22 August 2019
On the second anniversary of the genocidal expulsion of the Rohingya minority from Burma, the Governments of Bangladesh and Burma have announced plans to immediately repatriate over 3500 Rohingya. These plans are premature and doomed to fail. It is clear to everyone that conditions in Rakhine State are not conducive to refugees’ return.
Burmese authorities continue to destroy Rohingya villages to make room for military bases, security posts, and massive IDP camps. Discriminatory policies in Burma have not changed. Lacking the restoration of their citizenship, Rohingya continue to face severe movement restrictions, as well as little access to education, healthcare, and employment, as documented by the treatment of 129,000 Rohingya IDPs. Rohingya fear without citizenship those camps will become permanent, like Thet Kel Pyin camp. Moreover, increased fighting between the Arakan and Burmese armies has further put Rohingya at risk.
Given the history of UNHCR involvement in repatriation plans, we urge UN agencies not to be complicit in any form of coercion in repatriation, physical or psychological, subtle or overt—re-traumatizing survivors of genocide.
We cannot have confidence in government claims that a "pathway to citizenship" will restore Rohingya rights. Hierarchical systems of ID cards have been designed to control the population, not integrate it as part of a pluralistic society.
We understand the political and logistical challenges faced by the Government of Bangladesh, and we note the tensions between refugees and the Bangladeshi population of Cox's Bazar. The international community must stand with Bangladesh to deliver education, essential food, and medicine, preventing trafficking and other crimes.
We call on UNHCR, Bangladesh, and Burma to include diverse Rohingya leaders in all their decision-making- in the camps as well as the diaspora. Rohingya men and women should not have been excluded from the initial repatriation MOU. There can be no repatriation without consent, and meaningful partnership with the impacted community is key. This is consistent with the commitments of the Global Compact on Refugees on self-reliance and responsibility-sharing.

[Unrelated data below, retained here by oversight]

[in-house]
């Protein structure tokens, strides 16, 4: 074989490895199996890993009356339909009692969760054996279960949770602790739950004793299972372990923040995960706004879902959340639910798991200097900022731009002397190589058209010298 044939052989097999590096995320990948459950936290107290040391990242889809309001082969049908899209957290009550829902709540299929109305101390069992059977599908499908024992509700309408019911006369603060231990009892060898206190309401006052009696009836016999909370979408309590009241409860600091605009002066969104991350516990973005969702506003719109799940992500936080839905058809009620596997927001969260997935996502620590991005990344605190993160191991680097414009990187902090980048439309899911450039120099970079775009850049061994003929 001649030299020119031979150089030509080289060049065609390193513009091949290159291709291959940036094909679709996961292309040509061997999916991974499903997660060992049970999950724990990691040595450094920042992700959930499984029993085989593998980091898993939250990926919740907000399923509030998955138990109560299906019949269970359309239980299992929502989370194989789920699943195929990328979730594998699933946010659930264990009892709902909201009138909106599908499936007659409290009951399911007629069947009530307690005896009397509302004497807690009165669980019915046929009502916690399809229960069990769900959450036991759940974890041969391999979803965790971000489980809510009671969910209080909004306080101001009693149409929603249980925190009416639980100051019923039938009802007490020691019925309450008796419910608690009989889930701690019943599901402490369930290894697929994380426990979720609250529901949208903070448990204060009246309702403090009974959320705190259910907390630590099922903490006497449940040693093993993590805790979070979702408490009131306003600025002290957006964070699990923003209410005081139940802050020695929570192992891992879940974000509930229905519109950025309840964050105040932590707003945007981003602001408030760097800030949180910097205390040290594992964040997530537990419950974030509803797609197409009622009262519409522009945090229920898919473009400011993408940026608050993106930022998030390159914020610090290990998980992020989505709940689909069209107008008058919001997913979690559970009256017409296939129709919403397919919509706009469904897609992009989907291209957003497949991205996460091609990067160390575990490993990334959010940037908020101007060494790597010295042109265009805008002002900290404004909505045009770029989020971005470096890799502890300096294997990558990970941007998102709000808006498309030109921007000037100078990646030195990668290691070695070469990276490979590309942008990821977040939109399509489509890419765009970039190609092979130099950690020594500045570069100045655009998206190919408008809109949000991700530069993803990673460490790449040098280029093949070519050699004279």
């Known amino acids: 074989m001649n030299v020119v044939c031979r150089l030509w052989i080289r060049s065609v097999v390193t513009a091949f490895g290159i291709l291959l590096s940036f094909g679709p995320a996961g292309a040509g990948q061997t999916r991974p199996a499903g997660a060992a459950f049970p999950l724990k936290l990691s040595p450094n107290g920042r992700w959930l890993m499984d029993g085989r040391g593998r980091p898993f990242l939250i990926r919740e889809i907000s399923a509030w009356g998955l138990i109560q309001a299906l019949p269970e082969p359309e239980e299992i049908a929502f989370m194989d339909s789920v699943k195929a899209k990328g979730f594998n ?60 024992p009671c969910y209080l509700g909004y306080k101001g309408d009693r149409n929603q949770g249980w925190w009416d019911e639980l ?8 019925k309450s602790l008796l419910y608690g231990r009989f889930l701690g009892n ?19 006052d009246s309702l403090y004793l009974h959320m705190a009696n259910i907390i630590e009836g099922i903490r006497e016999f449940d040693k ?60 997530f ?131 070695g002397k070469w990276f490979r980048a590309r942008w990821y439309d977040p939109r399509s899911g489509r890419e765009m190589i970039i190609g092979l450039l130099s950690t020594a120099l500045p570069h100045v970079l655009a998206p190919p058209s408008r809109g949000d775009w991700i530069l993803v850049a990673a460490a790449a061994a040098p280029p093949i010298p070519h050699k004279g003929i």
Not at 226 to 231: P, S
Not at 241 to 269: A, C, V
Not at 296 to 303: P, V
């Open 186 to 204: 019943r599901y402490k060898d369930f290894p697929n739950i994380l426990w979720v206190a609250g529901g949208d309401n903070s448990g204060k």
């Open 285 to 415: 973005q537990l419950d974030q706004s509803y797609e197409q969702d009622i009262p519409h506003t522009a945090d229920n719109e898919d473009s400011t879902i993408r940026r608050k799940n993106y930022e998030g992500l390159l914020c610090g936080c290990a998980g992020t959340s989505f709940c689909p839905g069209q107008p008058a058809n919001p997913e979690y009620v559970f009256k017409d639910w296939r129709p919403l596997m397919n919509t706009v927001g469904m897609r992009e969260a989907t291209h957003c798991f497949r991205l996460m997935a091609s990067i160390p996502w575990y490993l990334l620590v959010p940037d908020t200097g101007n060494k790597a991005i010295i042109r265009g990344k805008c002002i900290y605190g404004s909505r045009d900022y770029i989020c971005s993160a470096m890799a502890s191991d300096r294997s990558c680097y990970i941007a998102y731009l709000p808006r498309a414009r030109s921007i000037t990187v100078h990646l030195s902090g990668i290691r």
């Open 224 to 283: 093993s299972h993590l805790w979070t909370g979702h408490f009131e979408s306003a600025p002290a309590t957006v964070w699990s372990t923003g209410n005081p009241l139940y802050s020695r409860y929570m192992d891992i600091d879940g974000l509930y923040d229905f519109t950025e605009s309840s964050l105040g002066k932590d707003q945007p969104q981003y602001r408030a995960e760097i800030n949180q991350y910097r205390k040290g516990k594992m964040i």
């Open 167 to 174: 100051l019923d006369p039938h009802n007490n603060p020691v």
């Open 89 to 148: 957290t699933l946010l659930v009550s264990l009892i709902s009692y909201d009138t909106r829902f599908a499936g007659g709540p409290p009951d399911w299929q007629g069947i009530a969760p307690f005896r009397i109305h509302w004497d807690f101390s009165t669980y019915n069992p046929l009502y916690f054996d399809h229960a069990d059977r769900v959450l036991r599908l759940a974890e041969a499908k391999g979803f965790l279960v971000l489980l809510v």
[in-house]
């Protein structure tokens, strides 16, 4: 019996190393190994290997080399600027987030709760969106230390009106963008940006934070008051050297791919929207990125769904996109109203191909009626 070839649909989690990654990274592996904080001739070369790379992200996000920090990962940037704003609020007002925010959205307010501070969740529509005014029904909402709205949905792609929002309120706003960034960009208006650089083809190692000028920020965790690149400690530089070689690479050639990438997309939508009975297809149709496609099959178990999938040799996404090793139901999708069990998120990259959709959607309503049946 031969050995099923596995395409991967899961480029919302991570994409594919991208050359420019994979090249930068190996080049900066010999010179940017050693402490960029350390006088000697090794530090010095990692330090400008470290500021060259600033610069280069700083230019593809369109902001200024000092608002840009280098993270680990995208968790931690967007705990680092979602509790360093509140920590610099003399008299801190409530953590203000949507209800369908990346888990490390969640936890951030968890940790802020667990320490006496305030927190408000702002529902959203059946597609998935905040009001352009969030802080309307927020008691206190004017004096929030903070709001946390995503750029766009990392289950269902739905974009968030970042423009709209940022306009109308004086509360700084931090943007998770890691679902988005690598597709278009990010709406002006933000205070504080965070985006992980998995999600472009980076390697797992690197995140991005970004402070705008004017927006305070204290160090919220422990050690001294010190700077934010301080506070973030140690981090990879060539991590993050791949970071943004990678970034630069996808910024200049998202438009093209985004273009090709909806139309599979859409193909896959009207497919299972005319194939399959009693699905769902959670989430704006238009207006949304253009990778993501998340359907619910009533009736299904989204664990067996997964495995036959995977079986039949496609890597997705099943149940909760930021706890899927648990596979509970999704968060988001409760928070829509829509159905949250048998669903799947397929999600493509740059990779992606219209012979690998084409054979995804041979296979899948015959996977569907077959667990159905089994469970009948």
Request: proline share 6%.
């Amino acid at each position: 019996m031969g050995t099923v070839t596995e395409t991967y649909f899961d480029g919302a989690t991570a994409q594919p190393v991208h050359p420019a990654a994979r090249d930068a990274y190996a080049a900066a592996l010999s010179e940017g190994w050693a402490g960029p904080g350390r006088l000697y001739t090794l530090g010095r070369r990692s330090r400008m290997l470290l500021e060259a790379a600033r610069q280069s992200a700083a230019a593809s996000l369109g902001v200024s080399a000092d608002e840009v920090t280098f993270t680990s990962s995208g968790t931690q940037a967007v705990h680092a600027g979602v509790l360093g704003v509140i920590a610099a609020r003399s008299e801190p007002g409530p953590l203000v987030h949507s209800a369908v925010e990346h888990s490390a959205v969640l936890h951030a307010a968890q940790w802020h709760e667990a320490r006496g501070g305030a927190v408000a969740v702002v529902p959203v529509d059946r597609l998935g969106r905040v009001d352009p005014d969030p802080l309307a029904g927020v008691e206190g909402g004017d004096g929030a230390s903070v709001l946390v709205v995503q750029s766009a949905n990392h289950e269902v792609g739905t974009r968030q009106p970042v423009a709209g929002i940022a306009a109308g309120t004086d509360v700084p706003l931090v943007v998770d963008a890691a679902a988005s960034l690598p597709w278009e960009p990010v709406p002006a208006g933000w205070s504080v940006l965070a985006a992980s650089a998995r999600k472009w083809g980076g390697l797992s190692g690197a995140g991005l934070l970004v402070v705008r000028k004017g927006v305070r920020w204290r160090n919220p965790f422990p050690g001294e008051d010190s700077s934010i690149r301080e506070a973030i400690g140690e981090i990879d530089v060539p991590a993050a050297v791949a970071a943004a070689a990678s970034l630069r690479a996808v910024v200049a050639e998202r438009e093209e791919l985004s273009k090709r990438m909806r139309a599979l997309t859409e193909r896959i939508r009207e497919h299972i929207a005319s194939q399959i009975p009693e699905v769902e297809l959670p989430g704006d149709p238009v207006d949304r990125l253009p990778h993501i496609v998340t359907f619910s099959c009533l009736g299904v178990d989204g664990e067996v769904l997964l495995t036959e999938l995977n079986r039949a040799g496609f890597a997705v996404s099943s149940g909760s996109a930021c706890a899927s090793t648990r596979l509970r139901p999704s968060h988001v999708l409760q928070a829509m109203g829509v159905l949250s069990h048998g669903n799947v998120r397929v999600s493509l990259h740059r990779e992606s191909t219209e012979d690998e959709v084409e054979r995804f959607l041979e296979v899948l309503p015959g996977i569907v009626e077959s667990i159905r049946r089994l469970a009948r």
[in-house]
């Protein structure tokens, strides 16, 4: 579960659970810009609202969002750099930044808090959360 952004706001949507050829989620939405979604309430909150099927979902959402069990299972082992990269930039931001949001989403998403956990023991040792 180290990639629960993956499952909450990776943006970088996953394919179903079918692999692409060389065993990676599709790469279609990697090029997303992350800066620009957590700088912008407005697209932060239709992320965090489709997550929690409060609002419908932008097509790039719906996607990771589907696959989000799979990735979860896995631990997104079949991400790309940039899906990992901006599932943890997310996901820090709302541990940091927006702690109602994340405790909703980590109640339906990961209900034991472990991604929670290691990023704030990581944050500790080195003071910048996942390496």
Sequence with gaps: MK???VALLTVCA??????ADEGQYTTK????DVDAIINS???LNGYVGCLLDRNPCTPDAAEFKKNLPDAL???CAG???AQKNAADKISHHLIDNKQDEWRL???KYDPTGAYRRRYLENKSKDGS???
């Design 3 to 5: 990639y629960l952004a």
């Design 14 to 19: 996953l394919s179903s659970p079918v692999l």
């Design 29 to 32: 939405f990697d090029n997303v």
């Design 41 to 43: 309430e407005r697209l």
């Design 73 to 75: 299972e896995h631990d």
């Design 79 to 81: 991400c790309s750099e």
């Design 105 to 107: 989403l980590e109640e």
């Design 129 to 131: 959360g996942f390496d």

Most crucially, we call on all parties to work together to ensure that the root causes of mass displacement are addressed— including Justice. Two years after the brutal Burmese military burned hundreds of villages and committed mass atrocities, there is no accountability in Burma. The only soldiers convicted of serious abuses were released after a few months, while whistle-blowers were punished. Though locked in a power-sharing government with the military, the government of Aung San Suu Kyi must be held responsible.
While China blocks robust response in the UN Security Council, the US and other international leaders have not only failed to prevent genocide but also failed to support accountability in Burma.
The Rohingya have suffered greatly, as other ethnic groups in Burma have before them. We call on the world to commit to constructive solutions, not merely Repatriation Theater driven by political considerations.
Burma Task Force/Justice for All
Jewish Alliance of Concern Over Burma (JACOB)
World Rohingya Organization
Baltimore County Muslim Council
Never Again Coalition
Freedom for Burma
International Campaign for the Rohingya
Islamic Society of Boston
Unitarian Universalist Service Committee (UUSC)
Pax Christi Metro New York
Burma Campaign UK
International Center for Rights and Justice
Burmese Rohingya Community of Georgia
Buddhist Action Coalition
Poverty Elimination and Community Education (PEACE) Foundation
Muslim Community Center of Silver Spring
International Society for Peace and Justice
Masjid Al Falaah
Rohingya Society of Greater Nashua
Union Theological Seminary
MY Project USA
Muslims for Ohio PAC
Avenging the Ancestors Coalition (ATAC)
Greater New York Labor -Religion Coalition
Rohingya Student Union USA
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